Only the Top Counts? Power Law Distributions and the Measurement of Income Inequality

42 Pages Posted: 5 May 2022

See all articles by Julian Oliver Dörr

Julian Oliver Dörr

Justus-Liebig-University Giessen; ZEW – Leibniz Centre for European Economic Research

Date Written: February 8, 2021

Abstract

In recent years numerous studies published top income shares as way to assess the degree of income inequality. Top income shares measure how much percent of total income is captured by a certain top income group. Based on the assumption that high incomes follow a Pareto distribution, estimates from the World Inequality Database show that globally, the top 1% receive about 20% of world income. This number clearly suggests that income and power concentration is a serious issue. But what do top income related inequality measures really tell in terms of inequality and distribution of resources? The analysis of top incomes only takes incomes above a certain minimum threshold into consideration and leaves out income information below. This one-sided view on the income distribution gives reasons why related inequality measures may only pose a weak proxy for overall income inequality. In fact, as well-known researchers highlighted, a thorough analysis of inequality requires consideration of the complete income distribution. In that fashion, this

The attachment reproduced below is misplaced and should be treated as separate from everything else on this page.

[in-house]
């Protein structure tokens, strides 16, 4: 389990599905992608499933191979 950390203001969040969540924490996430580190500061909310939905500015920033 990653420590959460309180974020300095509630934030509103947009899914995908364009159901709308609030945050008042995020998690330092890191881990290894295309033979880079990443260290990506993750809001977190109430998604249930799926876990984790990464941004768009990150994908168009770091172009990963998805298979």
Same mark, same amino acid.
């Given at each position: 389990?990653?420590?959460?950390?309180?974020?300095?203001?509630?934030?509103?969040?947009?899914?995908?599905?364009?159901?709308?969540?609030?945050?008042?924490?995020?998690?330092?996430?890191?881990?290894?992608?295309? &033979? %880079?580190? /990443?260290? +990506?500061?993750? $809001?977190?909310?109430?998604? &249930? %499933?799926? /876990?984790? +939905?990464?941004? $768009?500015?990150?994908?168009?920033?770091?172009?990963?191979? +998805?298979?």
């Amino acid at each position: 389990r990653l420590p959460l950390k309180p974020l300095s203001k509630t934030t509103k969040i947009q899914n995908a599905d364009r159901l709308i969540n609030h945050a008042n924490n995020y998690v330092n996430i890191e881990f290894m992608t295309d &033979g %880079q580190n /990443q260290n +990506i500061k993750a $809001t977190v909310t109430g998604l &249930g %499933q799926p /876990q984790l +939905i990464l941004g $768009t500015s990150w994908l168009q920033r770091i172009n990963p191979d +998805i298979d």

paper takes a critical view on top incomes as means of measuring inequality.

Keywords: Top incomes, income inequality, power laws, Pareto

JEL Classification: B10, D31, D63, O15

Suggested Citation

Dörr, Julian Oliver, Only the Top Counts? Power Law Distributions and the Measurement of Income Inequality (February 8, 2021). Available at SSRN: https://ssrn.com/abstract=4084997 or http://dx.doi.org/10.2139/ssrn.4084997

Julian Oliver Dörr (Contact Author)

Justus-Liebig-University Giessen ( email )

Licher Str. 64
Giessen, 35394
Germany

ZEW – Leibniz Centre for European Economic Research ( email )

P.O. Box 10 34 43
L 7,1
D-68034 Mannheim, 68034
Germany

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